Ultrasound System Failure Modes

Ultrasound System Failure Modes

Ultrasound System Failure Modes

Even though an ultrasound machine is a highly technical and superbly engineered piece of equipment, it’s still a machine, and machines break. It’s a fact of life that no matter how well a machine is cared for, it will break at some point. Parts begin to wear down over after a lot of use, leading to their eventual failure. Routine maintenance and inspections can minimize breakage and downtime. This also applies to the software and systems that allow the ultrasound to function. Ultrasound system failure modes occur in many capacities. Let’s look at a few.

Hard Failures

Hard failures are catastrophic and usually easy to diagnose. They are traceable back to a certain board, power supply, monitor, or transducer probe, and the issue will be obvious. Hard failures center around the hardware, hence the name, and any issue they are experiencing. Failures in this category tend to cluster around the weakest points in the design of the machine. Things that heat up, switch fast, or are susceptible to physical damage like probes.

Soft Failures

Soft failures typically occur on the backend of the machine. The backend of the system refers to anything that is responsible for display processing. That’s the CPU, software, and anything that directly relates to the creation of the image on the screen. Soft failures are usually logged on the systems error log, which the technician should have access to. This will show where the error is, but the log isn’t always accurate in the description or location of a problem.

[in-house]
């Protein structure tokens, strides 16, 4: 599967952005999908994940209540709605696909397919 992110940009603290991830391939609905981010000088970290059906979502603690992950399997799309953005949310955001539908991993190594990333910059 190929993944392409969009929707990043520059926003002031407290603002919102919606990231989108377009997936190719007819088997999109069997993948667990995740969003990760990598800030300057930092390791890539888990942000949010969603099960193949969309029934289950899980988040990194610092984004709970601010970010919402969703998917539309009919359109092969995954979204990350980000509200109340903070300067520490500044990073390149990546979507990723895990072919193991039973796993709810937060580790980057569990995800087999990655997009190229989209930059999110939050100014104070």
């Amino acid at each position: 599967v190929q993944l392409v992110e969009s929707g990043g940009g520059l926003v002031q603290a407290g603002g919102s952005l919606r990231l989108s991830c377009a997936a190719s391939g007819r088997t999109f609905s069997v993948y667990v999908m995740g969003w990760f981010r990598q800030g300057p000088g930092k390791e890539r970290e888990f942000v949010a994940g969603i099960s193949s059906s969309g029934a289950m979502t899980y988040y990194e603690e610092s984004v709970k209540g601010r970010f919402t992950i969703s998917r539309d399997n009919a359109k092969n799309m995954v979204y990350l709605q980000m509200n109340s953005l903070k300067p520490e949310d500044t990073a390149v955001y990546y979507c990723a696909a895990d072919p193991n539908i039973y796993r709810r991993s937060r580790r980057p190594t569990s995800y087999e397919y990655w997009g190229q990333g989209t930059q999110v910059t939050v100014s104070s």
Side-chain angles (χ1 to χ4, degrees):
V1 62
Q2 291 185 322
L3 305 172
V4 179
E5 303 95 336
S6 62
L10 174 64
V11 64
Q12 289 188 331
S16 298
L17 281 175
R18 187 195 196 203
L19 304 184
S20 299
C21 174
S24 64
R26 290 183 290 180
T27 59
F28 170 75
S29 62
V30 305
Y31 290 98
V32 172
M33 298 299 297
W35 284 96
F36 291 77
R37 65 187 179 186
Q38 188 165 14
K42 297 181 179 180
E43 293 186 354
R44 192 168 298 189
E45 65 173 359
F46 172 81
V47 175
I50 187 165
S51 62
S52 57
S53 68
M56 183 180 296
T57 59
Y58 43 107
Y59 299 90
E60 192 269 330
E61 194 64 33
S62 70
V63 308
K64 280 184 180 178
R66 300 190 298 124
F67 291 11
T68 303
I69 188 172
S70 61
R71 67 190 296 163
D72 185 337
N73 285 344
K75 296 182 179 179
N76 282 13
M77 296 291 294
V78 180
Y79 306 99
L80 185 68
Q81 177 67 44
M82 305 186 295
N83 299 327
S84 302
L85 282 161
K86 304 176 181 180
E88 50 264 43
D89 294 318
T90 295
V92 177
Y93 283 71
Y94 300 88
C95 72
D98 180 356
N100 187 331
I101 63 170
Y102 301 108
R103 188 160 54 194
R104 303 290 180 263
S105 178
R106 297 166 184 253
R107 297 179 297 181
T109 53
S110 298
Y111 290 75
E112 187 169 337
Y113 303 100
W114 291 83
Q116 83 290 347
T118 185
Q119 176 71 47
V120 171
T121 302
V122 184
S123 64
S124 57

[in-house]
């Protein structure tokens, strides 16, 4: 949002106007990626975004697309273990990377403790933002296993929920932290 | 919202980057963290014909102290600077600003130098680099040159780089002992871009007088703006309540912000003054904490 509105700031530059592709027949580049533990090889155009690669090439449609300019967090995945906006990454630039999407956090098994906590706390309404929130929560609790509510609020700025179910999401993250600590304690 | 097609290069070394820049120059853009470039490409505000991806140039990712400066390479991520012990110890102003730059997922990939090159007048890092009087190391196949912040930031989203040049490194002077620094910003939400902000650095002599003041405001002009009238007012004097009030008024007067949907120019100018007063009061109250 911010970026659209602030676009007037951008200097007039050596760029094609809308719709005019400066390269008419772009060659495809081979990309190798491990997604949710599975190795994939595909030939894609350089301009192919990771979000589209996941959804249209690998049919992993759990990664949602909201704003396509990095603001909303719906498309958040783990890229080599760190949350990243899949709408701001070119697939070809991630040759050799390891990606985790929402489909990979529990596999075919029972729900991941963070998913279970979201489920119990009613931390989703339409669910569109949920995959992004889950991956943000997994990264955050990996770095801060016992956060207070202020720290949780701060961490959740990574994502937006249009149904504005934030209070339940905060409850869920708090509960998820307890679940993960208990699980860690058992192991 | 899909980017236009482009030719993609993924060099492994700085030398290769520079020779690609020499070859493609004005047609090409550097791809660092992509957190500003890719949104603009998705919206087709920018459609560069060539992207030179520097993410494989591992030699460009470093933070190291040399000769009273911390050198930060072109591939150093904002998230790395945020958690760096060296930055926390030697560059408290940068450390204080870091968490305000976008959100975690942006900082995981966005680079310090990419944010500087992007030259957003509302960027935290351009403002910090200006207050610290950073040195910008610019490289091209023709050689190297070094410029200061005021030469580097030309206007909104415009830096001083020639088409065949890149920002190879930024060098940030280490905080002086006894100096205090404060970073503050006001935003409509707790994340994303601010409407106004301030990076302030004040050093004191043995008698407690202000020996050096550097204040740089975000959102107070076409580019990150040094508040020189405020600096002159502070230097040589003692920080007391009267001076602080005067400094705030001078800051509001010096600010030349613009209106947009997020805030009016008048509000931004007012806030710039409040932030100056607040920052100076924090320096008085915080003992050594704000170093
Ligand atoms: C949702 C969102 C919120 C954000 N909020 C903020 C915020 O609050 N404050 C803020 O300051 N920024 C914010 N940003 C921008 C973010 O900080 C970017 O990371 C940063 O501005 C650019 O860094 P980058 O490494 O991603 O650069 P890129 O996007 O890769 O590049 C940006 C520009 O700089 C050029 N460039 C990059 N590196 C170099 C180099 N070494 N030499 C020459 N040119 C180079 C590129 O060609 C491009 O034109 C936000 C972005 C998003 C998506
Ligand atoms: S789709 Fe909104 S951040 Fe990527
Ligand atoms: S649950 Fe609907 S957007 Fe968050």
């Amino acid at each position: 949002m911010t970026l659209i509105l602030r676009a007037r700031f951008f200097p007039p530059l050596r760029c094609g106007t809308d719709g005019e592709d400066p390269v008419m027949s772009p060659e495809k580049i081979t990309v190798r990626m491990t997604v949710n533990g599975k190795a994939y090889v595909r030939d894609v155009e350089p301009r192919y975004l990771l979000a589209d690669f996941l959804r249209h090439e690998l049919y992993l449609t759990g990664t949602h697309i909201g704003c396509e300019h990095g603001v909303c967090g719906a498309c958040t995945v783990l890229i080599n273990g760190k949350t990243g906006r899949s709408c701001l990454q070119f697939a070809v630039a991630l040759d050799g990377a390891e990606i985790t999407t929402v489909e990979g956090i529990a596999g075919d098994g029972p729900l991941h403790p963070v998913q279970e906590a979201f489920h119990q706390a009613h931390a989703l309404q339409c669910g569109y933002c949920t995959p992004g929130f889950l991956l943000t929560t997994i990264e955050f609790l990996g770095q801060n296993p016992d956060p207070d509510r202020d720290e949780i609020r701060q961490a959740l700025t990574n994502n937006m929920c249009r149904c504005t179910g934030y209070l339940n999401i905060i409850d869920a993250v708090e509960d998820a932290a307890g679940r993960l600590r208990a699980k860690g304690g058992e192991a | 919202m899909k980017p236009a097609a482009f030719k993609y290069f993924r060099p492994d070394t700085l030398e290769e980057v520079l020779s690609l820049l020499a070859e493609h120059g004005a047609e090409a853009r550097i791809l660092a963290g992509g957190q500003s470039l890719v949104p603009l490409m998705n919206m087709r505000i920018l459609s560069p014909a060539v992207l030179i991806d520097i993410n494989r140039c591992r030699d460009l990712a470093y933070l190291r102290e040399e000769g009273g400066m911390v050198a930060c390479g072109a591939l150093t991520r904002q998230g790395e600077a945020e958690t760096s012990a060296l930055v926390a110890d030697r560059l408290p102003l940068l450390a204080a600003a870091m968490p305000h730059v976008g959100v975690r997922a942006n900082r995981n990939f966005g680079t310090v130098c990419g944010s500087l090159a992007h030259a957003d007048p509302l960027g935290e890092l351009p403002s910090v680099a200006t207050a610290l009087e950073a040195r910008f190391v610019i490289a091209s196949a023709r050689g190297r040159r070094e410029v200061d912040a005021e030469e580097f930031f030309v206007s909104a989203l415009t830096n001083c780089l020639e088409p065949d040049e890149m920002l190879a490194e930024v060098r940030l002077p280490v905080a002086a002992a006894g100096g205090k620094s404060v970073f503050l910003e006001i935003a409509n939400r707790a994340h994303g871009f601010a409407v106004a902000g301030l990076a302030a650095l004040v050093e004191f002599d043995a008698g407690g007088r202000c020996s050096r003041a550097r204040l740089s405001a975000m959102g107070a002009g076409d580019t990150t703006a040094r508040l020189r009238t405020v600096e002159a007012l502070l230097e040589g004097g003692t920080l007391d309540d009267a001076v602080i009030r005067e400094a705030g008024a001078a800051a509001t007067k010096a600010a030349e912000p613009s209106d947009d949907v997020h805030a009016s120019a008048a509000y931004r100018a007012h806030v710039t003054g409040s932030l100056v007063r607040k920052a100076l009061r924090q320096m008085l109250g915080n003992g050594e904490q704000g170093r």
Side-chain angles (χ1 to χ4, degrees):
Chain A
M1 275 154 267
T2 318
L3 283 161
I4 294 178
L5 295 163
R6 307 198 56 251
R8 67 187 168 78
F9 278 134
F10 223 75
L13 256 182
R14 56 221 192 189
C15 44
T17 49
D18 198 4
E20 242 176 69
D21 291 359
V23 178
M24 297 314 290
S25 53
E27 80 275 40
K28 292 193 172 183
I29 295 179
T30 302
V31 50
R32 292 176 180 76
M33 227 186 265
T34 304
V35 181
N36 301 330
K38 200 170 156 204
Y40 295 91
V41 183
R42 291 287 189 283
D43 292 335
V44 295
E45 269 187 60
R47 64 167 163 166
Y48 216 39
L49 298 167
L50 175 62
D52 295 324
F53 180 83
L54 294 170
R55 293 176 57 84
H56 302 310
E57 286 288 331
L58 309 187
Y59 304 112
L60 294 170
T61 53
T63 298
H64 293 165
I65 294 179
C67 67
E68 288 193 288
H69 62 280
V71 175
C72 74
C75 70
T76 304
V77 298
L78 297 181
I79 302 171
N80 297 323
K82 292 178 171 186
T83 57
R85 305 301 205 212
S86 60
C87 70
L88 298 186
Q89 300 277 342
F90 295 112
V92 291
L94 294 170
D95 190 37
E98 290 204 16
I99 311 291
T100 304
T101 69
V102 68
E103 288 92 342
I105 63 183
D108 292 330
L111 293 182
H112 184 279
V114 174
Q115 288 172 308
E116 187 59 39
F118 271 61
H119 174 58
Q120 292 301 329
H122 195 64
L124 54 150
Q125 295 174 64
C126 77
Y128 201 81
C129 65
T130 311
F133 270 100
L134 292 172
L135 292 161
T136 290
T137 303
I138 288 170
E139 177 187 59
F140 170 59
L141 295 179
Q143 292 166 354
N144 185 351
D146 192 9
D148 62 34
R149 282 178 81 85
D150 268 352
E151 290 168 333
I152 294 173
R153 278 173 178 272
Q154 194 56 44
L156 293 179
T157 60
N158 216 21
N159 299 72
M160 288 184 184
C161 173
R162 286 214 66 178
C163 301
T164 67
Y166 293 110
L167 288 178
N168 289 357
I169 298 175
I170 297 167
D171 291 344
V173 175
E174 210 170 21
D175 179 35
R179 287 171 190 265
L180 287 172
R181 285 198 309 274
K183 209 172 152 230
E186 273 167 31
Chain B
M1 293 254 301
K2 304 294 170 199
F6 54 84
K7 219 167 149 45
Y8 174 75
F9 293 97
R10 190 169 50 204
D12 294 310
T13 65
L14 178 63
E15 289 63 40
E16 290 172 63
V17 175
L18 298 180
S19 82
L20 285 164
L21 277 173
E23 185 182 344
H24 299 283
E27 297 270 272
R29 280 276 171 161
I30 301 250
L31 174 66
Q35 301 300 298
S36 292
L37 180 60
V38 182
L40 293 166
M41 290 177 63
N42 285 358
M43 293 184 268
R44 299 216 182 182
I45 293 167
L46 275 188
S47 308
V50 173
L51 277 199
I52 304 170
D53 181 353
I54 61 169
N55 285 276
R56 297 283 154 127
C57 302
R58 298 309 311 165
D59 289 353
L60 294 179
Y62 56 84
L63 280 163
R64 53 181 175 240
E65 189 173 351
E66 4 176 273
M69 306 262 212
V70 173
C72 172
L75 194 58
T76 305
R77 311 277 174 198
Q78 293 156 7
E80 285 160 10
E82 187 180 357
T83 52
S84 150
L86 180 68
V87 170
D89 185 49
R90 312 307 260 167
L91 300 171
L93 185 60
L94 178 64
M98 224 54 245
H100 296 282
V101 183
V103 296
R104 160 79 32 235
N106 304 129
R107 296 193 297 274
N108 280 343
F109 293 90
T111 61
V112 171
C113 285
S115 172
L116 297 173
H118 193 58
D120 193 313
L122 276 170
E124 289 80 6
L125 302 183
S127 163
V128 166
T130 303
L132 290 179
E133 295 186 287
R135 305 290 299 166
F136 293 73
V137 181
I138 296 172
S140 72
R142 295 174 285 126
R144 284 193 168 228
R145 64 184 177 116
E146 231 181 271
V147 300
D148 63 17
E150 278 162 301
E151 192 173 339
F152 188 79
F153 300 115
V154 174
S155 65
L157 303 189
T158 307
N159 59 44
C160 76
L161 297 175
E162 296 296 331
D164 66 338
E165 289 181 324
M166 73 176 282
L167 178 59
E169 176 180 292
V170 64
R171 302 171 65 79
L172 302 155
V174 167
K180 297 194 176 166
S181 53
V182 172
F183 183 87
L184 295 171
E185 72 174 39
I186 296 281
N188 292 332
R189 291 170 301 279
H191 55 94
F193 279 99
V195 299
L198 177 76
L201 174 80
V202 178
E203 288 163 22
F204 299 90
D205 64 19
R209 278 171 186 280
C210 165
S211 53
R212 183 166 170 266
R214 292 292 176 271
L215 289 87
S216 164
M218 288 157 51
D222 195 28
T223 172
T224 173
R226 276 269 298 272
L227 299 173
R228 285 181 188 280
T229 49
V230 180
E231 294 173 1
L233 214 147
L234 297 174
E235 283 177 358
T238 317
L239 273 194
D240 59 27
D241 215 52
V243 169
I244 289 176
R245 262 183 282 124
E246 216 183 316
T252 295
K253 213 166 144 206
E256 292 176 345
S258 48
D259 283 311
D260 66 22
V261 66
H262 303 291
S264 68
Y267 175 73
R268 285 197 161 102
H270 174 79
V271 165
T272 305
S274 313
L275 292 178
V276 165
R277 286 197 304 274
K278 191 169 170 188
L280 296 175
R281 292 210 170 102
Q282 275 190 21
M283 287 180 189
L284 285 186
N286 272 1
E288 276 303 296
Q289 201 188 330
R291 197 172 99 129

Intermittent Failures

Intermittent problems like software anomalies and failure reports stemming from operator error are the hardest to track down. These ultrasound system failure modes require higher levels of troubleshooting and investigating. In this case, the technician is integral to diagnosis because they are the likely cause of the failure. Anything that they can touch or use to operate the ultrasound machine, like knobs, dials, and screens, are potential failure points.

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